Writing a short film script changed my career. That’s how important it is. People do not see a demand for short film scripts in the marketplace, so they don’t write them. But writing a short screenplay can prove to be very helpful in showing how good of a screenwriter and storyteller you are. Audiences and industry alike can assess your credentials as a talented writer in a shorter, more convenient format.

So, how do you write a good one? Is it different than writing a feature? Why? Here are some tips to get you started on a wonderful way to tell a story and develop your skills writing for the screen.

Practice Getting Fantastic Ideas

How do you get a great idea for a short? Isn’t that difficult? Do they just pop in your head? What if you don’t have a good idea? The way to fix that is to watch shorts. Go find the shorts that were nominated for an Oscar. Go to a film festival. Google best shorts. Watch a bunch of them. This will get your mind working in that format and you’ll start to recognize the right ideas for a short.

People don’t watch shorts so they don’t have any ideas for shorts or don’t come up with good ones or any ideas at all. That’s because they don’t watch them. Watch 50 short films and you’ll walk out into the world and start recognizing strong concepts for short films. You know how you get ideas for television? Because you watched it. Movies? Same deal.

Watch shorts and start practicing coming up with ideas. You’ll soon come up with several. This will lead you to a very good one. Once you’ve got a good one, don’t tell too many people about it, because you need to treat it with reverence. You worked hard to find the idea, respect what you earned.

Take Writing a Short Film Script Seriously

People don’t respect the process of writing a short film because they think it’s just for practice, and must be easier because it’s shorter. Well, it’s not any easier to write a short film script than it is to write a feature. In fact, most people might say it’s harder. Respect the process.

You might think a short will take you 10% of the time if it’s only 10 pages. A short might take almost as long to develop as a feature. It probably won’t, but don’t assume it will be quick.

You might also assume that a short film script will not have the same depth or substance as a feature because it’s shorter, but that’s not the case. Sometimes you can squeeze more thought and emotion into a 10-minute short than you can into a 2-hour feature.

If you want to write an amazing short film script, approach the writing like it’s the most important thing you’ll ever write.

Write Your Short Film Script Like a Feature Screenplay

How is a short different than a feature? It’s not. You’re telling a story and the story delivers emotion. Do not get caught up in how short it is, or that your approach should be following a formula. Ignore the idea that it’s some other animal. It’s not. Tell a truthful story. Focus on being honest. See yourself in the story. Keep it personal. Be original, clear and authentic.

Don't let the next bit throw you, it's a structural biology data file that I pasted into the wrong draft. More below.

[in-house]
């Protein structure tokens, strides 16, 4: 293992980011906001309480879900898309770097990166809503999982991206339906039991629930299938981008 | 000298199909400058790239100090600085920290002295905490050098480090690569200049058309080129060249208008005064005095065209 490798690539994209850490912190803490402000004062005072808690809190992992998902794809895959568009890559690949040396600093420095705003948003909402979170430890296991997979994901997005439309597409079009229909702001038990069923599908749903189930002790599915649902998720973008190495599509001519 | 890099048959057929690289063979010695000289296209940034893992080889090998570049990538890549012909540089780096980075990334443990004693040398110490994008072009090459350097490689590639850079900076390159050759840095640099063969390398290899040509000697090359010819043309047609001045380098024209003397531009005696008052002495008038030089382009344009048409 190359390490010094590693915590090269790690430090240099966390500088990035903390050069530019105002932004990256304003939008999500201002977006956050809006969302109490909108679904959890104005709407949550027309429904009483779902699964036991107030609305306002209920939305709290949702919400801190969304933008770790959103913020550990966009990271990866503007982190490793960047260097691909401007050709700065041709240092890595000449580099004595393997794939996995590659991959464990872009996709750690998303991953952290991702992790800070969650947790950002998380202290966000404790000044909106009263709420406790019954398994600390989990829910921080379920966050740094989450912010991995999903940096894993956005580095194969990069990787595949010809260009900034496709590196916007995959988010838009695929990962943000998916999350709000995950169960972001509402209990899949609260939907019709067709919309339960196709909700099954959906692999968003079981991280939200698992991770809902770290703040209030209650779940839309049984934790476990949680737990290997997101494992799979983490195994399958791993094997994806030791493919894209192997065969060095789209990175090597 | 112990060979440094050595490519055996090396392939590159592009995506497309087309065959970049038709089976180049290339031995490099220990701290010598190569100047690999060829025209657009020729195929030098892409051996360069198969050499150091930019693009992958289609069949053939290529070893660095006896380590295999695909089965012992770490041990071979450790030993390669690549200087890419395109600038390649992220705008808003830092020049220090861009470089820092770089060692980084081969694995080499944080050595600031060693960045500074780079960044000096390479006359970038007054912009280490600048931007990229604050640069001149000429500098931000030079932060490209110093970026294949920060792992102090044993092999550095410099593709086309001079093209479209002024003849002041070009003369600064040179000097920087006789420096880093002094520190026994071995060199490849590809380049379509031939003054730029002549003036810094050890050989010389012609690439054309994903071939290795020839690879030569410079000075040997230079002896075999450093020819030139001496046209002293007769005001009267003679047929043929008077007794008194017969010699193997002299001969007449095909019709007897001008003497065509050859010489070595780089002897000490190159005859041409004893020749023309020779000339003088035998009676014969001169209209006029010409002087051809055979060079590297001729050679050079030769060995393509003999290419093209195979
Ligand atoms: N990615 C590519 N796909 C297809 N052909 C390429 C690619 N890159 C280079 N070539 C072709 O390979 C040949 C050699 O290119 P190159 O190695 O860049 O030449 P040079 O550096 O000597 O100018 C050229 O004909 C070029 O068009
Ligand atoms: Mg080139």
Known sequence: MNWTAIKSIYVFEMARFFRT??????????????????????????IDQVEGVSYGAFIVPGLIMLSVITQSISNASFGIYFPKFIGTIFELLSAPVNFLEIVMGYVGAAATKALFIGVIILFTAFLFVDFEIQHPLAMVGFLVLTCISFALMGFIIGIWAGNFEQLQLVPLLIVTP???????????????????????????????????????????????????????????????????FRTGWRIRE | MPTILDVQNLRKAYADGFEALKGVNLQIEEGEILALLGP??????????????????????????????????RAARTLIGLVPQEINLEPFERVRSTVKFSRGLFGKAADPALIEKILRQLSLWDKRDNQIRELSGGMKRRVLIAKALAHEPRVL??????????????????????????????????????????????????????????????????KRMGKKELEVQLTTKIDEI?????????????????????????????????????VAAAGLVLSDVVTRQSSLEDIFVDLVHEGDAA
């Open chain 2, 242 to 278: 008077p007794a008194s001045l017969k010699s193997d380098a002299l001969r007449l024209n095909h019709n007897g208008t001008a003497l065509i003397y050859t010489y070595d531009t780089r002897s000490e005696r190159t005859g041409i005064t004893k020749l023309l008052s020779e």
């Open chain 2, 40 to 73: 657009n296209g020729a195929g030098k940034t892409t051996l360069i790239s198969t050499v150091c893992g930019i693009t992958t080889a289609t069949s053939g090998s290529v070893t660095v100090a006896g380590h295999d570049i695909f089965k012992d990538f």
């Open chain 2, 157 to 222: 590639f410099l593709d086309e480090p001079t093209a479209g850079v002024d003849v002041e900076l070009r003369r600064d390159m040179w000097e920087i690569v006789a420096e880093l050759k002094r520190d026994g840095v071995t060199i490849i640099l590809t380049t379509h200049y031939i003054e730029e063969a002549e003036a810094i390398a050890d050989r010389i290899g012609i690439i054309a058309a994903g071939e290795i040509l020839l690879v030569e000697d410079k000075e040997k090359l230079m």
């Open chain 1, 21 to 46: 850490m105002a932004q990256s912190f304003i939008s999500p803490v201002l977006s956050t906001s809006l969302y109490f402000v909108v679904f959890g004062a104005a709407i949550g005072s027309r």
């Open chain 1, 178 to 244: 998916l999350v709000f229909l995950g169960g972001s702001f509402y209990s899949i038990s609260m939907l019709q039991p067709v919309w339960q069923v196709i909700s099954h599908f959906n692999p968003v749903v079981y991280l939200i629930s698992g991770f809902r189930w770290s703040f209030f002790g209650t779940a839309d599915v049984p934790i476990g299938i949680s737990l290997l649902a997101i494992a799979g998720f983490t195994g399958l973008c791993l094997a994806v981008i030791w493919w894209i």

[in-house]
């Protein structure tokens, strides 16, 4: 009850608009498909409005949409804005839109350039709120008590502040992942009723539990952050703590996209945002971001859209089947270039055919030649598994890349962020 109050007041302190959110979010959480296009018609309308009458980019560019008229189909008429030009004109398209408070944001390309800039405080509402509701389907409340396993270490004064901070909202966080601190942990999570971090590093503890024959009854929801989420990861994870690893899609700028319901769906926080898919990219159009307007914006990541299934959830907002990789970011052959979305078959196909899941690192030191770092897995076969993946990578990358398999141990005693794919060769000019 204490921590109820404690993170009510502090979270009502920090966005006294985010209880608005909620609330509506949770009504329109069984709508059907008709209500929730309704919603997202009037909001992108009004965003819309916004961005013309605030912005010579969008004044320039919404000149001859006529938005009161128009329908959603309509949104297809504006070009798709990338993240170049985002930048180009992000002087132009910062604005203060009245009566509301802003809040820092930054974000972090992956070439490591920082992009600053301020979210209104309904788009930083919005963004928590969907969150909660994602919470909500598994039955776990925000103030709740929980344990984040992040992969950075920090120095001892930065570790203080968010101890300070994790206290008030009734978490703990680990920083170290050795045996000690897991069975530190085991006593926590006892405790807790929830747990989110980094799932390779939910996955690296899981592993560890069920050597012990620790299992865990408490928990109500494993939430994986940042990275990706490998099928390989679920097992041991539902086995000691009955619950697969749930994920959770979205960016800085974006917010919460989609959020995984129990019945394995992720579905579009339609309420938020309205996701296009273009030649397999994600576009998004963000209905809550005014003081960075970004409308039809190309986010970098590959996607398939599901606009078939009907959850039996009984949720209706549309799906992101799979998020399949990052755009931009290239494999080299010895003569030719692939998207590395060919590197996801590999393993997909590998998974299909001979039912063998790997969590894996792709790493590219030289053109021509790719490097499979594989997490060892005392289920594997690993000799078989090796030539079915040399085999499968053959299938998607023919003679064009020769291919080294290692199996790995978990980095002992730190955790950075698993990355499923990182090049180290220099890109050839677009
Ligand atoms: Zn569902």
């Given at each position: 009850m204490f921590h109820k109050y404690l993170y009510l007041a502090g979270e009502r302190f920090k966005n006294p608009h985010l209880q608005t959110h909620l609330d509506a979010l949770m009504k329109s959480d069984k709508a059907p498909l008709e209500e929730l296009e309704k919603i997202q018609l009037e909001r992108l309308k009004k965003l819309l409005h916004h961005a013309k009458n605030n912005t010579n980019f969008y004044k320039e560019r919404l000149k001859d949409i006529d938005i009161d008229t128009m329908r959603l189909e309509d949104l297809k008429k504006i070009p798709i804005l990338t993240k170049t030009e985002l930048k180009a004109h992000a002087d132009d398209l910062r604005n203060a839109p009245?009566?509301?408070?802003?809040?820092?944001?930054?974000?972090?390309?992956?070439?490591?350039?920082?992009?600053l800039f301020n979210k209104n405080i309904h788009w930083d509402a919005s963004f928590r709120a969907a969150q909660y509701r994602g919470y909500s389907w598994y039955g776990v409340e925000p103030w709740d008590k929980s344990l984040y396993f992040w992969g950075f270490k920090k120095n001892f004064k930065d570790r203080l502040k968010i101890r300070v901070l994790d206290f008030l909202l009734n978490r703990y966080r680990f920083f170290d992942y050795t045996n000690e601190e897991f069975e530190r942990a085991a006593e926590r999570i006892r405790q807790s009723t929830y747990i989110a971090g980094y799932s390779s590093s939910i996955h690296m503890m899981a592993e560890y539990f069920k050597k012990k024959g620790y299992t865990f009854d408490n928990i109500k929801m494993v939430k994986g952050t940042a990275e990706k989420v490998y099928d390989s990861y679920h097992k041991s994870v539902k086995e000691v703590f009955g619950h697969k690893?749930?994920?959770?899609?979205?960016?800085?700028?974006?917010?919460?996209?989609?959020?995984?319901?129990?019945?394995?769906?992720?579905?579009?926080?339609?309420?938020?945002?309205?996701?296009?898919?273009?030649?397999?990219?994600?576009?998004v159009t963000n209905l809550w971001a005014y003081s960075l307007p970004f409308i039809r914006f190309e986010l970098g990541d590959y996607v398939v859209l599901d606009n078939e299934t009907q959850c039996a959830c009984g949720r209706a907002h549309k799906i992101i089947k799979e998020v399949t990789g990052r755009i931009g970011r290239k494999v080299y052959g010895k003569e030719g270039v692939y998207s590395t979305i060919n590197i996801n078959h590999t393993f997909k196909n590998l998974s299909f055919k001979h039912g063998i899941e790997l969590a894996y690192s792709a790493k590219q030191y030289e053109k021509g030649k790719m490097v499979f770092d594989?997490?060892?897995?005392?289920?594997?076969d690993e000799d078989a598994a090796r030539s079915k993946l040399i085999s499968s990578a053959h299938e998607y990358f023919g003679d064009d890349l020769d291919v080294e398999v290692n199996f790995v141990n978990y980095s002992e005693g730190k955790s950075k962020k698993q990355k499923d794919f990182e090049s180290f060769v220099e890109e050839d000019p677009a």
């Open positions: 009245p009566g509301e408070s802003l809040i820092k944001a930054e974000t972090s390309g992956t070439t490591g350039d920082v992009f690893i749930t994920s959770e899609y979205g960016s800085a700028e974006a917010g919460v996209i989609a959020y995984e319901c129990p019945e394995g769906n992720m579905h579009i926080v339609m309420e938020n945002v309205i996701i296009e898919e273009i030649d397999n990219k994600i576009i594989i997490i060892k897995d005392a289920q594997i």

Same as a writing a feature-length movie.

Write pictures not dialogue

The entire industry was created without any dialogue. None. Use pictures of people doing things to carry your story. It’s the most efficient and most powerful way to emotionally impact an audience through the story. And you don’t have a lot of time in a short to deliver emotion (why it’s harder not easier), so using pictures of human beings in action gives us the most information possible.

The visual action allows audience members to be active in the story. They have to think on what they see. Dialogue often spoonfeeds information and story and keeps the audience passive. Write your short with pictures and you’ll always be the better screenwriter for it.

Make Your Own Rules

There’s a reason why 48-hour film festivals work. There are boundaries. There are parameters for where your story can be placed. If you tell me I can write about anything, I might get lost, but if you give me rules on what I can write about, my creativity kicks in.

You might have heard some traditional rules in the past. A short film script should not run longer than 10 pages. Keep your locations in your script to a low number, preferably one. Never cast children or animals. Avoid special effects. Write locations you’re familiar with. Write a short in your apartment. Maybe your aunt owns a bakery or a hospital or a Porsche. Write your short within your own rules and you’ll make a script that will be easier to produce and finish. Most importantly, by setting limits, you’ll become creative.

Rewrite your Forever

Work on your short script longer than anyone you know. Don’t settle for something that gets mixed reactions from your fellow filmmakers. Have a table reading. Let people read it. Learn how to take feedback. Keep pressing yourself. Don’t think about how long it’s taking you to write a short. Endure the daily grind of unresolved problems in your script. Let everyone else finish before you. If you’re working on your script consistently, it doesn’t matter how long it takes, and it should not be fast. No one will ever care how many times you rewrote your script if they love it.

Patience and respect for your work is the best practice for making a fantastic short film. Learn how to master the short film script and you’ll be a better storyteller for the rest of your career. Everything you will ever need to know for writing for television or feature films walks through the keyhole of the brilliant short film.

by Gordy Hoffman